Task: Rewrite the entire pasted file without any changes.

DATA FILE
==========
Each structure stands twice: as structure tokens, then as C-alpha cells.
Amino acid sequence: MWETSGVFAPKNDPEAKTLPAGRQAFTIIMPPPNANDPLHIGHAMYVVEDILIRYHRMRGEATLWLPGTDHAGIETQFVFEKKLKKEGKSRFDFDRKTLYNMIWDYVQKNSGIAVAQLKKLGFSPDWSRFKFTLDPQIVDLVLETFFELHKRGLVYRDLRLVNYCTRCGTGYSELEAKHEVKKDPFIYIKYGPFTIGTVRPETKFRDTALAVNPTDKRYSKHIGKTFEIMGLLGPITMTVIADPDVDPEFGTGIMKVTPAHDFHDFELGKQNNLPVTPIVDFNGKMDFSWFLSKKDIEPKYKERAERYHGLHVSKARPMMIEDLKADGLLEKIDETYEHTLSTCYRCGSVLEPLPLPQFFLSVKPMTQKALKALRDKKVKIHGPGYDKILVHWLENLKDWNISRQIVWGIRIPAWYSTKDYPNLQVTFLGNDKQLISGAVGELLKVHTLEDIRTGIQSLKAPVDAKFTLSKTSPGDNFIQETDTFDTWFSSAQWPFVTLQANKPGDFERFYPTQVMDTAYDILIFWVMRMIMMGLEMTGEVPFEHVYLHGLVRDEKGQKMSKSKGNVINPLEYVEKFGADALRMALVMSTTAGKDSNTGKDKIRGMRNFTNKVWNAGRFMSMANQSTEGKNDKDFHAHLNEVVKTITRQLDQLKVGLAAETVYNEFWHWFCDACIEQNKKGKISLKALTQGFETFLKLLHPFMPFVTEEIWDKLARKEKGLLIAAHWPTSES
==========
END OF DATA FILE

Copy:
Each structure stands twice: as structure tokens, then as C-alpha cells.
Amino acid sequence: MWETSGVFAPKNDPEAKTLPAGRQAFTIIMPPPNANDPLHIGHAMYVVEDILIRYHRMRGEATLWLPGTDHAGIETQFVFEKKLKKEGKSRFDFDRKTLYNMIWDYVQKNSGIAVAQLKKLGFSPDWSRFKFTLDPQIVDLVLETFFELHKRGLVYRDLRLVNYCTRCGTGYSELEAKHEVKKDPFIYIKYGPFTIGTVRPETKFRDTALAVNPTDKRYSKHIGKTFEIMGLLGPITMTVIADPDVDPEFGTGIMKVTPAHDFHDFELGKQNNLPVTPIVDFNGKMDFSWFLSKKDIEPKYKERAERYHGLHVSKARPMMIEDLKADGLLEKIDETYEHTLSTCYRCGSVLEPLPLPQFFLSVKPMTQKALKALRDKKVKIHGPGYDKILVHWLENLKDWNISRQIVWGIRIPAWYSTKDYPNLQVTFLGNDKQLISGAVGELLKVHTLEDIRTGIQSLKAPVDAKFTLSKTSPGDNFIQETDTFDTWFSSAQWPFVTLQANKPGDFERFYPTQVMDTAYDILIFWVMRMIMMGLEMTGEVPFEHVYLHGLVRDEKGQKMSKSKGNVINPLEYVEKFGADALRMALVMSTTAGKDSNTGKDKIRGMRNFTNKVWNAGRFMSMANQSTEGKNDKDFHAHLNEVVKTITRQLDQLKVGLAAETVYNEFWHWFCDACIEQNKKGKISLKALTQGFETFLKLLHPFMPFVTEEIWDKLARKEKGLLIAAHWPTSES